New GOP Florida House Speaker Blasted by Home State Newspaper Editorial Board After First Speech

Florida's new Republican House Speaker Chris Sprowls was blasted by the Orlando Sentinel's editorial board following his first speech on Tuesday.

The editorial began by saying: "Chris Sprowls' first speech as speaker of the Florida House Tuesday was a loooong one, covering subjects that ranged from patriotism to law and order to social media misbehavior."

"And yet, in the course of nearly 5,000 words—the length of some State of the Union speeches—the speaker didn't once utter the word 'unemployment.'," the editorial said. "It was a glaring omission in a state with a 7.6% unemployment rate and a disastrous payment system that failed hundreds of thousands of out-of-work Floridians when their need was greatest."

The editorial goes on to criticize Sprowls on how he failed to mention health care or health insurance—"except in a passing reference to infant mortality"—as well as the affordable housing crisis and the ongoing novel coronavirus pandemic.

According to the U.S. Department of Labor, for the week ending on November 14, Florida saw a sharp decline in first-time unemployment claims, decreasing by 9,868 to 21,538.

Despite a decrease in unemployment claims, Florida has continued to see a rise in COVID-19 cases. On Thursday, the state recorded 9,085 new confirmed cases of the virus, bringing the statewide case count to over 914,000. There are also at least 17,810 fatalities caused by the virus across Florida.

Florida House of Representatives
The Florida State House of Representatives attend a special session on December 12, 2000, to draft a resolution to go to the State's Senate to appoint Florida's presidential electors in Tallahassee. An Orlando Sentinel editorial criticized new GOP House Speaker Chris Sprowls' speech for not mentioning the "word 'unemployment.' It was a glaring omission in a state with a 7.6% unemployment rate and a disastrous payment system that failed hundreds of thousands of out-of-work Floridians.…" Tim Sloan/Getty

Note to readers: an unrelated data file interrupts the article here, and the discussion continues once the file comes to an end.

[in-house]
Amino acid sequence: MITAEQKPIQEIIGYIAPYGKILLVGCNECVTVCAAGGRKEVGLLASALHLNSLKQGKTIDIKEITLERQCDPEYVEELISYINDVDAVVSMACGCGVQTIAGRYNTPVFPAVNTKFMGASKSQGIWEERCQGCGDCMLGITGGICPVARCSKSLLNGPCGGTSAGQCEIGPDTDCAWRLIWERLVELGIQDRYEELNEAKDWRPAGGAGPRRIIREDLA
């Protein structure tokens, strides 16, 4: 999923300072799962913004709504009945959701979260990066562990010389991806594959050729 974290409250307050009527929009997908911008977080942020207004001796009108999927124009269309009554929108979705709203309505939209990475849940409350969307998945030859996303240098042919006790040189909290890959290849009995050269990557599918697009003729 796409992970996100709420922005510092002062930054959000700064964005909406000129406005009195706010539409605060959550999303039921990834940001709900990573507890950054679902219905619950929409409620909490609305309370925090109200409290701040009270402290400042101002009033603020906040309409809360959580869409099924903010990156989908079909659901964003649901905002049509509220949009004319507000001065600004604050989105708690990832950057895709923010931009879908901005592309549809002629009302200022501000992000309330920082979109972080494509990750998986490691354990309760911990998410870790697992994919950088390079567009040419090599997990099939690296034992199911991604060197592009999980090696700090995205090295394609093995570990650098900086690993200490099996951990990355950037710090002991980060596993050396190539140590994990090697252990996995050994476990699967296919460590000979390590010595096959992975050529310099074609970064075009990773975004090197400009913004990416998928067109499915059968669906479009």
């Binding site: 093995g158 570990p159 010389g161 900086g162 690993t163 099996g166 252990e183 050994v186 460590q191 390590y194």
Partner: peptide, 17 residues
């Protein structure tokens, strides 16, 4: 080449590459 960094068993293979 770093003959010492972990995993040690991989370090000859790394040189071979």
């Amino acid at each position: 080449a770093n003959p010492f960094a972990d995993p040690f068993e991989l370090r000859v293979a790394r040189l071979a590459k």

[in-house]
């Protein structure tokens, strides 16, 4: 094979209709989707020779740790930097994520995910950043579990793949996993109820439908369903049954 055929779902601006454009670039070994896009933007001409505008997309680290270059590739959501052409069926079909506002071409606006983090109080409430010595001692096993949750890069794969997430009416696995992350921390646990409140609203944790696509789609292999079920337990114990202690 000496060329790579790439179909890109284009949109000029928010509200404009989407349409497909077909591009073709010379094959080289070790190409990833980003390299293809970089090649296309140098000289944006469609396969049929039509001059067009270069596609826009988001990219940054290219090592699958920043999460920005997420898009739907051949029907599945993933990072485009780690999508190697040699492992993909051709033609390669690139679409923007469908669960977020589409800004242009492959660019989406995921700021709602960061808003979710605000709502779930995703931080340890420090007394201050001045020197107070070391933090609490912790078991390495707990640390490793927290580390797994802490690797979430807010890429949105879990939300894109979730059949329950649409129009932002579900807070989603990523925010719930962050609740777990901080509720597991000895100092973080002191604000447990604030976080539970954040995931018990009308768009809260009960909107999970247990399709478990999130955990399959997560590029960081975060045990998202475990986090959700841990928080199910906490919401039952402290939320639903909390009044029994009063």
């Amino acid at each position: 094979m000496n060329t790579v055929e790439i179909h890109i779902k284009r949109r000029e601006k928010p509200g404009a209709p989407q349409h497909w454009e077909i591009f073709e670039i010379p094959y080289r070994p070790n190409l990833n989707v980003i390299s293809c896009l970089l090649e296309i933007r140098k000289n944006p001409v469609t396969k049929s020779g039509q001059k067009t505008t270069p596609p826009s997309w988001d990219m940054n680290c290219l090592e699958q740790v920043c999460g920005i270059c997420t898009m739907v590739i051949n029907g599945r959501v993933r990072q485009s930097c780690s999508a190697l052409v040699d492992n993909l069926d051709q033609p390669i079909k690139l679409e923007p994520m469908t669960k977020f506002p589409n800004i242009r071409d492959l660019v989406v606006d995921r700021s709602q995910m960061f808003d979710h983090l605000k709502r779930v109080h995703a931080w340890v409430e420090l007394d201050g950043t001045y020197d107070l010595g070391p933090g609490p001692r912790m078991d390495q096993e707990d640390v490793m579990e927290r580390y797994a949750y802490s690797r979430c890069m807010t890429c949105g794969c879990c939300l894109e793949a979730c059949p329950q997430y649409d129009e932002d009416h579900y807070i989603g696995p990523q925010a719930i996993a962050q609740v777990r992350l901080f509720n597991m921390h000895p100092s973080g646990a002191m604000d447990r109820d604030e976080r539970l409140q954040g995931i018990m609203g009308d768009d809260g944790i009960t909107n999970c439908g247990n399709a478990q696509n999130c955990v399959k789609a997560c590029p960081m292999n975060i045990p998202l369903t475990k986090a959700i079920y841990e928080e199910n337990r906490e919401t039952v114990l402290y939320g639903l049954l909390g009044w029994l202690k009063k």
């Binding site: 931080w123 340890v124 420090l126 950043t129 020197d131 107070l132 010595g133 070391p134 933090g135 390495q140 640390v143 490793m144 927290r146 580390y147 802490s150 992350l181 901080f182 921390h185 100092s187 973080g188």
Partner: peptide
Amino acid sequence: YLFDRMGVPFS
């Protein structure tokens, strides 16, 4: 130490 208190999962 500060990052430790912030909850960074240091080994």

As the editorial continues, so does criticism toward Sprowls, focused on his failure to address the state's low-wage workers, "who comprise a huge portion of the state's labor force."

According to the editorial, this group of Floridians are the people "who had virtually no savings when the pandemic came crashing down on the economy," as well as the "ones who often lacked health insurance."

"They're the ones who now face eviction from their homes and apartments if a federal moratorium expires at the end of this year. A recent U.S. Census survey found more than 50% of Floridians behind on their rent or mortgage are somewhat likely or very likely to face eviction. It's the highest rate in the nation," the editorial read. " Florida could find itself with an army of homeless families on its hands in the coming months."

Additionally, the editorial also brings up incoming Senate President Wilton Simpson but notes that he was not mentioned in the story "because his were far briefer than Sprowls' and didn't lay out a specific legislative agenda. He basically said howdy."

"For the sake of Florida's neediest, we hope Sprowls and Simpson will do what their predecessors have not and direct some attention and compassion toward the workers who have been left behind by an economy that's rigged against them," the editorial said. "These next few months will tell us whether lawmakers have awoken to the forgotten worker, or whether they'll keep ignoring an economic class that doesn't have an army of lobbyists at its disposal."

In an email sent to Newsweek, a spokesperson for Florida's House of Representatives said: "The Orlando Sentinel editorial board fixates on Great Society-style welfare programs as the only possible solution to every problem. But the Florida House understands that we live in the 2020s not the 1960s."

"Working-class families are looking for success not subsidies, and that's why Speaker Sprowls laid out to the Florida House in his Tuesday speech an Opportunity Agenda designed to help Florida's workers find their own personal American Dream," the email sent to Newsweek said.

Updated 12:48 p.m. ET, to include a statement from a spokesperson for the Florida House of Representatives.